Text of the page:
What would you do if you arrived at a new job and found there was only one bathroom — and it was for the opposite sex? Susie Sharp, the first female chief justice of the Supreme Court of North Carolina in 1974, had to contend with just that. Before she was chief justice she was a superior court judge — the first female judge in the state — in 1949, and upon learning of her appointment, Burke County officials refused to alter the solitary bathroom, which consisted of a sink and a urinal. By 11 a.m. on her first day, though, she found relief by bringing in plumbers, carpenters and electricians to update the quarters.
Judge Sharp’s is just one of many stories in The Changing Face of Justice: A Look at the First 100 Women Attorneys in North Carolina. The book was published in 2004 by the North Carolina Bar Association, with help from Grafstein & Walczyk business law attorney Christine Walczyk.
Conducting the research was no easy feat, considering records lacked any mention of gender. “Several members of our committee went down to the library and looked at The Supreme Court Reporter and wrote down every female name that appeared and then weeded out the Leslies and Beverlys that were male,” says Walczyk. “It was a massive campaign.”
So who was the first known female attorney in North Carolina? According to their research, Ann Marwood Durant, who acted as an attorney in 1673 without attending law school or taking the bar exam; neither was required then. In 1937 Caroline Mary Phillips Stoel competed for third in her class at Duke Law with a young man named Richard Nixon, who was known to have said, “I don’t mind being beaten, but I do mind being beaten by a woman.”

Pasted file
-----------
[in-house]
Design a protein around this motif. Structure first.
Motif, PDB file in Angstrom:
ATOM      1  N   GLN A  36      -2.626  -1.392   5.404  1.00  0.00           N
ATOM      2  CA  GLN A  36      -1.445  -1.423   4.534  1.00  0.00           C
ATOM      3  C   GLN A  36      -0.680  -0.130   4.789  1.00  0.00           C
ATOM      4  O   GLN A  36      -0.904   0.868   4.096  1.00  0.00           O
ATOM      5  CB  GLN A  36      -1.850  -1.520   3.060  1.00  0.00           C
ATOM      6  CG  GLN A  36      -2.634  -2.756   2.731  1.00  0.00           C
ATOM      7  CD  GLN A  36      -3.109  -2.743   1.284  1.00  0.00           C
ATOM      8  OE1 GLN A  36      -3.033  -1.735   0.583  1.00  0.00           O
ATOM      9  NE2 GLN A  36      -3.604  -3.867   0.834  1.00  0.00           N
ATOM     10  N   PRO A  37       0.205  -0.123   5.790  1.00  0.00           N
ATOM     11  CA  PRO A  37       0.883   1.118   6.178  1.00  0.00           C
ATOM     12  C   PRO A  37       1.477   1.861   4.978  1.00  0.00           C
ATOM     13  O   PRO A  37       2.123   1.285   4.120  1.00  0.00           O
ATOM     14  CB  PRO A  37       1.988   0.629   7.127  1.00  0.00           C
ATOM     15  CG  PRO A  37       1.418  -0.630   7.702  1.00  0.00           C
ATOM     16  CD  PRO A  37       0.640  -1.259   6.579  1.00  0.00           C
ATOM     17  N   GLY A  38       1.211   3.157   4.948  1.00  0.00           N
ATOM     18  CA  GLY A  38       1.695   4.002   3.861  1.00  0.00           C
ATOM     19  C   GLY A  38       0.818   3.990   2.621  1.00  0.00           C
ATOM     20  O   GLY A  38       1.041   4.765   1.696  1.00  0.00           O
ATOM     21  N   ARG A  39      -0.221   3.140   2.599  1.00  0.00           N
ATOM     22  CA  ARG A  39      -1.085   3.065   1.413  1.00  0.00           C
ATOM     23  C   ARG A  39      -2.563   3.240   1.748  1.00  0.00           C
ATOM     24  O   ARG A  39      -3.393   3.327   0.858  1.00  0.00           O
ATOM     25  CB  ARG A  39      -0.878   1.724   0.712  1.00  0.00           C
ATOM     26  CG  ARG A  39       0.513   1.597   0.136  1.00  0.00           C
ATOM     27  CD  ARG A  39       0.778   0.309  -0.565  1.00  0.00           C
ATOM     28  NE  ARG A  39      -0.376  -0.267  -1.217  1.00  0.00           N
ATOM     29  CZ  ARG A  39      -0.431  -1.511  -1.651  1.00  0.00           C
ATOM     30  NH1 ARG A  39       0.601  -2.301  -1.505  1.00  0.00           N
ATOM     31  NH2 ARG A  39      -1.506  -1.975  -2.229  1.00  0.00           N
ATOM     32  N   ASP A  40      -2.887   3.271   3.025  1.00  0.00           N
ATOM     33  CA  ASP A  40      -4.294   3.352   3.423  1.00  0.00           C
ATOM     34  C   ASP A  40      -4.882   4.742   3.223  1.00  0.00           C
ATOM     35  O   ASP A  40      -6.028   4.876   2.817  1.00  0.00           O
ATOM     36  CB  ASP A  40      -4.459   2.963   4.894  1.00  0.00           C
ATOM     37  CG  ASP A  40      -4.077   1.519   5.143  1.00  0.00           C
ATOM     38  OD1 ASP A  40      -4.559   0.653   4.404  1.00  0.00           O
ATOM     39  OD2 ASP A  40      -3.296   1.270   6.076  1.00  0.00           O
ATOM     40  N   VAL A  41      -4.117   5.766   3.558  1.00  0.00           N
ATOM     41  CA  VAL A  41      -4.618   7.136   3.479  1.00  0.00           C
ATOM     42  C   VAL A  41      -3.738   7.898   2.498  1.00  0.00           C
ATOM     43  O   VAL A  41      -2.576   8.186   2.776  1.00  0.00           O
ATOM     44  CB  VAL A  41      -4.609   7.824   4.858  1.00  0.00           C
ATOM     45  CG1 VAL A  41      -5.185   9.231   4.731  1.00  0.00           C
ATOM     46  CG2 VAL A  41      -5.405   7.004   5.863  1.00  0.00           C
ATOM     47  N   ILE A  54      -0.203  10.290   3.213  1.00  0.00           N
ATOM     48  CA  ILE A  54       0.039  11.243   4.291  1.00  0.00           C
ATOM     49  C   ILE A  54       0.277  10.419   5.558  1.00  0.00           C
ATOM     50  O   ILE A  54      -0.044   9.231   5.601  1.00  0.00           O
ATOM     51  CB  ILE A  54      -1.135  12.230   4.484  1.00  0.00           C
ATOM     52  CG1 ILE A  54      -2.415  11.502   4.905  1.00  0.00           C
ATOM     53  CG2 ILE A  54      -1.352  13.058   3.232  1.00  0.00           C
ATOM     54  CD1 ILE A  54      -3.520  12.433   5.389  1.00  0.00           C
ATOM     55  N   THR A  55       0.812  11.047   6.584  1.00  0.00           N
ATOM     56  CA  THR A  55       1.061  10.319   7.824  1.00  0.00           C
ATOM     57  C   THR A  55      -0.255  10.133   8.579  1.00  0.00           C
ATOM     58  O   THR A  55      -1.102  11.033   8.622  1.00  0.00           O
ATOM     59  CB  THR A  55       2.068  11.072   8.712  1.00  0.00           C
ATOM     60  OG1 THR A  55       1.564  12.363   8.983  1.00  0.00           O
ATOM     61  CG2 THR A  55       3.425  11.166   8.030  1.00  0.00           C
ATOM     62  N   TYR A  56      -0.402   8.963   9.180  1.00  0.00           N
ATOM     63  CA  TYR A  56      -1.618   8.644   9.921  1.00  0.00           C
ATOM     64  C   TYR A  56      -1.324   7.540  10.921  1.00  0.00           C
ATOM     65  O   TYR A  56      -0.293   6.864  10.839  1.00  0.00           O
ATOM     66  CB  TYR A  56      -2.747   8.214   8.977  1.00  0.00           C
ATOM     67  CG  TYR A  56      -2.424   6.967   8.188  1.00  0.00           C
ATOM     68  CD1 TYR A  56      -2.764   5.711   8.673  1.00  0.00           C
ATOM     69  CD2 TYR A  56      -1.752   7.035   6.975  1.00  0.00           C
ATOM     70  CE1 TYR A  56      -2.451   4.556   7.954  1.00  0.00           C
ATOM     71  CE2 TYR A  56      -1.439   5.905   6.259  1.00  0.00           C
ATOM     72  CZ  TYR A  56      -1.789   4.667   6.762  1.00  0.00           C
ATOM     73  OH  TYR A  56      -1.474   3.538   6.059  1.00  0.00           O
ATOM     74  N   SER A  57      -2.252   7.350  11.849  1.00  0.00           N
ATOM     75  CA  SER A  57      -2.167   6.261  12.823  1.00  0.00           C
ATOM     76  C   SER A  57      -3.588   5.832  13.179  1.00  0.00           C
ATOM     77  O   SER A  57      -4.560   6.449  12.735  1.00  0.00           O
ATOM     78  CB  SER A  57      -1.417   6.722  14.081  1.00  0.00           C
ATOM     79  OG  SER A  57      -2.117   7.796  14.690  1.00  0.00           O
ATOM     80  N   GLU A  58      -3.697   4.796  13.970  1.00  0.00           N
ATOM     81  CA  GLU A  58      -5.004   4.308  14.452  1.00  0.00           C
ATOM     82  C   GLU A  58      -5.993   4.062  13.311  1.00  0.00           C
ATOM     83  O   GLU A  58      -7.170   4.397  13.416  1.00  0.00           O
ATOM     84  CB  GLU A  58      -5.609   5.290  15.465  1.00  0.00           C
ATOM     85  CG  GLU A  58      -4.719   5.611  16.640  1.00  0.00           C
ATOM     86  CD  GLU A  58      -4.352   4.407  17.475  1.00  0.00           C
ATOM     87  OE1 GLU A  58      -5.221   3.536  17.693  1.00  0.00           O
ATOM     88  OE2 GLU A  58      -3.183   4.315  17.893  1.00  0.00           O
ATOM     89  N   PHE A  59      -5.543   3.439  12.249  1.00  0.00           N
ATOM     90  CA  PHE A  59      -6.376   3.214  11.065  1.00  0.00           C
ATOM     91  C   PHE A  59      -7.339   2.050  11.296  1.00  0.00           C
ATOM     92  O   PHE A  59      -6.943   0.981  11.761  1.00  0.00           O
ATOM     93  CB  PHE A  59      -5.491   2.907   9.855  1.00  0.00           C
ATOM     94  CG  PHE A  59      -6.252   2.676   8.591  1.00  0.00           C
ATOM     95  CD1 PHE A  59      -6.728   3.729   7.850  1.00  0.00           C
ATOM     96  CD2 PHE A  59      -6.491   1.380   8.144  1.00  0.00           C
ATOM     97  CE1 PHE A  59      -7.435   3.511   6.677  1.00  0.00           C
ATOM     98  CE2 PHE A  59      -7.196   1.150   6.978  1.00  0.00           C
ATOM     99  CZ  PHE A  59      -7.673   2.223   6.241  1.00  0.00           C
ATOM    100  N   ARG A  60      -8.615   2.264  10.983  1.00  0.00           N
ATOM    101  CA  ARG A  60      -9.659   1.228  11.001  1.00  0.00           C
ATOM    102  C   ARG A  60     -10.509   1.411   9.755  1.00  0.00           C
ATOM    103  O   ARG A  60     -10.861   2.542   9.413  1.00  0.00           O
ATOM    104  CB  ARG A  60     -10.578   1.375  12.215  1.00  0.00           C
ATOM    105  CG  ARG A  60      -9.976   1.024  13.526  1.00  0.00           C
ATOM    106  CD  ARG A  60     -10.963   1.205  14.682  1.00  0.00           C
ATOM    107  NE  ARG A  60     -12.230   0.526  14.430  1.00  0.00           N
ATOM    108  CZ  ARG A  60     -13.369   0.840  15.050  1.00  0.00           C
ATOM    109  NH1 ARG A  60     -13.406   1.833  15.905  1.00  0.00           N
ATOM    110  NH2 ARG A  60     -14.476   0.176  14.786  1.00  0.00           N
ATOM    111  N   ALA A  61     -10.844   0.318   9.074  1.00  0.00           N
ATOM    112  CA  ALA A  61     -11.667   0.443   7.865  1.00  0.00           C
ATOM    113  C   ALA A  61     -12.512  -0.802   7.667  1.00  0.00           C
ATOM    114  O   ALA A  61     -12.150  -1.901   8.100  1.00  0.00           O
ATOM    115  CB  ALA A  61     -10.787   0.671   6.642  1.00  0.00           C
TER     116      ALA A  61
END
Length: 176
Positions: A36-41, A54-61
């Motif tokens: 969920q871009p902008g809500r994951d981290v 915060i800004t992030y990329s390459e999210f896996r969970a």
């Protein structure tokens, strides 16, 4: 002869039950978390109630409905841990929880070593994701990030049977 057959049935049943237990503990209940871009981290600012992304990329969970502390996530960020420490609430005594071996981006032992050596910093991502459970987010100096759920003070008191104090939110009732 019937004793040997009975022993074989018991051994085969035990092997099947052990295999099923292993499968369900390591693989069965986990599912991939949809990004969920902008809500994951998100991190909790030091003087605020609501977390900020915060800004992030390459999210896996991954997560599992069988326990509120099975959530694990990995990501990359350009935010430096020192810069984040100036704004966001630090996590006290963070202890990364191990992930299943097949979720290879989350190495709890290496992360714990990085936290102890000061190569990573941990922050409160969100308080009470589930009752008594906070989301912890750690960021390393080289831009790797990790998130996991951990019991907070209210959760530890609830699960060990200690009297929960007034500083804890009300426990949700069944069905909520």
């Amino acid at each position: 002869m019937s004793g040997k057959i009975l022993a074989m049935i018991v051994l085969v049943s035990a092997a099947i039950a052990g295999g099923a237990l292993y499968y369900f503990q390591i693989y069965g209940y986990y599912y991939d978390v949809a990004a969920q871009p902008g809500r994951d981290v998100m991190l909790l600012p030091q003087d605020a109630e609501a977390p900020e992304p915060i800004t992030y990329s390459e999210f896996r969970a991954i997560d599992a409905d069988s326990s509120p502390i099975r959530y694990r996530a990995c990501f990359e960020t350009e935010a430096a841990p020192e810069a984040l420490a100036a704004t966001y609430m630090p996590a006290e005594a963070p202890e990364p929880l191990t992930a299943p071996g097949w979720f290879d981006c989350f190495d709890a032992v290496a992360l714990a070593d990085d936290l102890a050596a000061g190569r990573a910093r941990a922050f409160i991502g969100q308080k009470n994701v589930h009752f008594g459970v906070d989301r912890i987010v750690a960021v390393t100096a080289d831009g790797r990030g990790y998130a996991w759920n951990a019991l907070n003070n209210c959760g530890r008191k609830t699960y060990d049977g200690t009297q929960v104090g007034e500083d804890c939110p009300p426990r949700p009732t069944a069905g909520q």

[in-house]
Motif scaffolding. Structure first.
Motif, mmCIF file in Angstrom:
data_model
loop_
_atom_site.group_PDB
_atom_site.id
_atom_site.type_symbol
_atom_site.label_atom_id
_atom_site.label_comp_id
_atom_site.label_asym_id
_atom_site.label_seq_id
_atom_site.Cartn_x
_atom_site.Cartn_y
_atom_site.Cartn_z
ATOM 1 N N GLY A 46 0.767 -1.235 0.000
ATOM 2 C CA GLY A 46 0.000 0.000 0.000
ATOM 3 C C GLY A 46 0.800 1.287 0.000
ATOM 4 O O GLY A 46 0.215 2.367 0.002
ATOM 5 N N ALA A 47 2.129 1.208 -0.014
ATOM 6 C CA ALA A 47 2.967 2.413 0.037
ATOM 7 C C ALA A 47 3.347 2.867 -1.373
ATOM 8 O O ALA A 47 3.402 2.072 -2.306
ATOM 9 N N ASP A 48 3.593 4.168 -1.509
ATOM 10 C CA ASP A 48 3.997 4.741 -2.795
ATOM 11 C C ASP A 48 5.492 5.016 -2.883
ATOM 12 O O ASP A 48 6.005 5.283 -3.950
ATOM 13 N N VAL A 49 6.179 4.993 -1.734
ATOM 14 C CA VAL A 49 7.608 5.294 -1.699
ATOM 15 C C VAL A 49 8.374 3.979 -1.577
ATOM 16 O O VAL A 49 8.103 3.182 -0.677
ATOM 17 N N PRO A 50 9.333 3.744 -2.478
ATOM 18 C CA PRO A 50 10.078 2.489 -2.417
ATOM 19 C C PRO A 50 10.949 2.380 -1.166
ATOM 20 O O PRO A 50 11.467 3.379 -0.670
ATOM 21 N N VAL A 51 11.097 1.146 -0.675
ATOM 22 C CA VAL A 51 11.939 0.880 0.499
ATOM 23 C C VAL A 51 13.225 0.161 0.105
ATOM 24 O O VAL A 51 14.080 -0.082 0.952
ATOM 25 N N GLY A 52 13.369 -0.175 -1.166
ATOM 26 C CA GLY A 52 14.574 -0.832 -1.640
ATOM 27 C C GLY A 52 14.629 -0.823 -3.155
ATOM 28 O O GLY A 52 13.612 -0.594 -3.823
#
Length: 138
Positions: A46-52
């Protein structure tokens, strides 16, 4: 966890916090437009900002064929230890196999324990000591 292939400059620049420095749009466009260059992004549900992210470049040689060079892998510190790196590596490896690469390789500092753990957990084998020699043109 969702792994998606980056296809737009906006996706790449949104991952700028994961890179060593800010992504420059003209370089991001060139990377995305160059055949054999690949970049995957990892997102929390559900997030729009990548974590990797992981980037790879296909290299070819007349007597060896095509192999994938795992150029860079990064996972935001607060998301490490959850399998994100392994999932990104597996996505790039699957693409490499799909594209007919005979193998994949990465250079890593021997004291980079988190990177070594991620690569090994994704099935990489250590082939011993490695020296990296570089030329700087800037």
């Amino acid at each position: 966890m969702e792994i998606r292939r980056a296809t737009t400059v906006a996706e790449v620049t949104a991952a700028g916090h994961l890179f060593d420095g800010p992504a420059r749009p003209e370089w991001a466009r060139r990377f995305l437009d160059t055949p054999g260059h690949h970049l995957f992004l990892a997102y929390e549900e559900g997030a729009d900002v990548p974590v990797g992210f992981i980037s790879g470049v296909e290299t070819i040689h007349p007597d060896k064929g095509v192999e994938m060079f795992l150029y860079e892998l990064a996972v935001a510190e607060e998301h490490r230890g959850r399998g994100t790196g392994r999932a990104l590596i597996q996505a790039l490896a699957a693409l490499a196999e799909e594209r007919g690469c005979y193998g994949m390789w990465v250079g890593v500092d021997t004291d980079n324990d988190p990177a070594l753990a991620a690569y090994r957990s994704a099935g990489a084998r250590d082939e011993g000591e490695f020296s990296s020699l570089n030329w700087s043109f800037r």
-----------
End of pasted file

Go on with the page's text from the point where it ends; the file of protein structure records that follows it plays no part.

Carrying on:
Old rules fell hard. “Some of these women were practicing law in the courtroom before they were allowed to sit on juries [that didn’t change until 1946], and they were not allowed to be judges, so you’re the only woman in the entire courtroom,” says Walczyk.
Typically, a woman was able to practice only if her father or husband ran a firm. “I don’t take for granted how far we’ve come when I read stories like that,” says Walczyk. “I just haven’t had to deal with those issues. … [Although] about six years ago, a female district court judge in Wake County told me she ‘did not allow attorneys to wear pants in her courtroom.’ I concluded that she meant women attorneys since all of the men were wearing pants!” She adds, “It was also startling that another woman had this preference.”
After Walczyk graduated from Boston College’s business school in 1992, she felt she lacked the qualities required to practice law; but she enrolled at the North Carolina School of Law anyway, thinking it would help her in the business world. She emerged a changed person, she says, “relishing the idea of protecting people who needed protection.” She now represents and advises small-business owners, and her small firm consists only of women.
Walczyk doesn’t have a background in studying women’s issues, but she’s been involved in organizations where these topics keep “falling in her lap.” Topics like the average pay discrepancy between male and female lawyers, which is now $14,000 per year, according to a study by the National Association for Law Placement and the American Bar Association. Or the fact that half of all law school graduates are female but few ascend to positions of power or even make partner. Walczyk attributes this to a stigma against lawyers who work non-standard hours stemming from “entrenched views about the billable hour and about work ethics of attorneys. You’re only a good attorney if you work 12 hours a day and six days a week.”
Her work with the North Carolina Association of Women Attorneys is attempting to change this attitude. The association gives “balanced work/life awards” to firms that offer family-friendly policies to their employees. There is still progress to be made, but Walczyk doesn’t hesitate to credit the first 100 women attorneys in North Carolina. “There’s some acknowledgement, at least in the South, that ‘we’ve come a long way, baby.’”